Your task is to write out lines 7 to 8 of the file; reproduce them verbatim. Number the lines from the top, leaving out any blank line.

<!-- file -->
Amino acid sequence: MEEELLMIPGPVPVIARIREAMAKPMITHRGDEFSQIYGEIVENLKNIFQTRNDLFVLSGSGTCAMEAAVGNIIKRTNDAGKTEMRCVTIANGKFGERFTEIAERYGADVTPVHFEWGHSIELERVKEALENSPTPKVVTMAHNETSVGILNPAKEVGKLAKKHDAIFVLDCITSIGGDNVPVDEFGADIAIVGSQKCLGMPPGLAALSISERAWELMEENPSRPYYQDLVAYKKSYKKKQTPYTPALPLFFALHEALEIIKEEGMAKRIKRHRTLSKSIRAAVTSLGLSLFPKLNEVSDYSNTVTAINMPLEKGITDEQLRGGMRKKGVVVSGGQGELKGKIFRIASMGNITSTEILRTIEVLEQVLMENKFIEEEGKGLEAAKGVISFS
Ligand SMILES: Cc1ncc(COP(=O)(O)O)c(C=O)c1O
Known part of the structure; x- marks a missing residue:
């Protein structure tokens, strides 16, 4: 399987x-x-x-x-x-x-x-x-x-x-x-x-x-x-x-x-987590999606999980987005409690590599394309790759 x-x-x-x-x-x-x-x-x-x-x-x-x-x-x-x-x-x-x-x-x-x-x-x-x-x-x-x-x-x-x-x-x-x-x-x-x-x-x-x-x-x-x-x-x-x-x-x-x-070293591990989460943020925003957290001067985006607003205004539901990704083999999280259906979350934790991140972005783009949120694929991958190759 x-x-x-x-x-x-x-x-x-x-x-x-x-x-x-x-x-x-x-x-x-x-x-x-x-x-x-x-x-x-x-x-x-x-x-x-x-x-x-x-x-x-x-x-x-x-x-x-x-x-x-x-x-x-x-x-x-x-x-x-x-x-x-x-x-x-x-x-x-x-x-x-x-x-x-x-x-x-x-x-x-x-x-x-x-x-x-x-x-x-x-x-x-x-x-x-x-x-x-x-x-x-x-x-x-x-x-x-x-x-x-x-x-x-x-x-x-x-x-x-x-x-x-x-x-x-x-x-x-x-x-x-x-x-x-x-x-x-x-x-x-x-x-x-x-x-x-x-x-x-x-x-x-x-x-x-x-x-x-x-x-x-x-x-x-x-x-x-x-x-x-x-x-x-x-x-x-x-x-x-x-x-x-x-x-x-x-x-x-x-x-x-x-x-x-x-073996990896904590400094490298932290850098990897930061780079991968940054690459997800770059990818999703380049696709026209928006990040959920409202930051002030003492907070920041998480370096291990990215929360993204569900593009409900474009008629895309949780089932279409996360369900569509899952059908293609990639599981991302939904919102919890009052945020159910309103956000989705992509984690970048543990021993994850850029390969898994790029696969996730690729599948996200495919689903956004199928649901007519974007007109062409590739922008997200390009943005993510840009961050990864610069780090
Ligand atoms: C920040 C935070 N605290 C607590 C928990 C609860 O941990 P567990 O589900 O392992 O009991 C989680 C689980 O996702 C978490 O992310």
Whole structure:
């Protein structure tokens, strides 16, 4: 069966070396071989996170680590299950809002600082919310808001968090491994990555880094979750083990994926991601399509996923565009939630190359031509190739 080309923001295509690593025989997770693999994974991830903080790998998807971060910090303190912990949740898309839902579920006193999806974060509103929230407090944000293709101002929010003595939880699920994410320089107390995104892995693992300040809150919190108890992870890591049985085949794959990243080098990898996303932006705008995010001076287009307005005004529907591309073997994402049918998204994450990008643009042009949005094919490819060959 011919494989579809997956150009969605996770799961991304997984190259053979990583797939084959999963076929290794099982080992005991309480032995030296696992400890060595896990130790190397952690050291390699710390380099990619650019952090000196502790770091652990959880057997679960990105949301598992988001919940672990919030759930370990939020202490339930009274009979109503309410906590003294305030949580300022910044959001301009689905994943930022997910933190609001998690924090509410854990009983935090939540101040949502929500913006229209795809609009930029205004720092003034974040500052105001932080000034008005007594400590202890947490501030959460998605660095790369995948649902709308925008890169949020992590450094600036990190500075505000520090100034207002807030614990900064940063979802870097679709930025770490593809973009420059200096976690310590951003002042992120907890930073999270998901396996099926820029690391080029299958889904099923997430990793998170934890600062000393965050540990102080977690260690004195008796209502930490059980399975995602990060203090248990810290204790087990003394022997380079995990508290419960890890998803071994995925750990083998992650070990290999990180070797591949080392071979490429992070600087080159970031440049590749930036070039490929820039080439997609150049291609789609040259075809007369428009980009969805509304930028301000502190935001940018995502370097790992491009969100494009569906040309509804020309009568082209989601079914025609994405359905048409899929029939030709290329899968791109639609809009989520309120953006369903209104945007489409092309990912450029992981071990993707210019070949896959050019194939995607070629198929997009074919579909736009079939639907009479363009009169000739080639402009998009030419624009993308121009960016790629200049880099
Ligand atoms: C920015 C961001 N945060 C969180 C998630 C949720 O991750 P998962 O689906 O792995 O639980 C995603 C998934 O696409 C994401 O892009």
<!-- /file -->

């Protein structure tokens, strides 16, 4: 069966070396071989996170680590299950809002600082919310808001968090491994990555880094979750083990994926991601399509996923565009939630190359031509190739 080309923001295509690593025989997770693999994974991830903080790998998807971060910090303190912990949740898309839902579920006193999806974060509103929230407090944000293709101002929010003595939880699920994410320089107390995104892995693992300040809150919190108890992870890591049985085949794959990243080098990898996303932006705008995010001076287009307005005004529907591309073997994402049918998204994450990008643009042009949005094919490819060959 011919494989579809997956150009969605996770799961991304997984190259053979990583797939084959999963076929290794099982080992005991309480032995030296696992400890060595896990130790190397952690050291390699710390380099990619650019952090000196502790770091652990959880057997679960990105949301598992988001919940672990919030759930370990939020202490339930009274009979109503309410906590003294305030949580300022910044959001301009689905994943930022997910933190609001998690924090509410854990009983935090939540101040949502929500913006229209795809609009930029205004720092003034974040500052105001932080000034008005007594400590202890947490501030959460998605660095790369995948649902709308925008890169949020992590450094600036990190500075505000520090100034207002807030614990900064940063979802870097679709930025770490593809973009420059200096976690310590951003002042992120907890930073999270998901396996099926820029690391080029299958889904099923997430990793998170934890600062000393965050540990102080977690260690004195008796209502930490059980399975995602990060203090248990810290204790087990003394022997380079995990508290419960890890998803071994995925750990083998992650070990290999990180070797591949080392071979490429992070600087080159970031440049590749930036070039490929820039080439997609150049291609789609040259075809007369428009980009969805509304930028301000502190935001940018995502370097790992491009969100494009569906040309509804020309009568082209989601079914025609994405359905048409899929029939030709290329899968791109639609809009989520309120953006369903209104945007489409092309990912450029992981071990993707210019070949896959050019194939995607070629198929997009074919579909736009079939639907009479363009009169000739080639402009998009030419624009993308121009960016790629200049880099
Ligand atoms: C920015 C961001 N945060 C969180 C998630 C949720 O991750 P998962 O689906 O792995 O639980 C995603 C998934 O696409 C994401 O892009």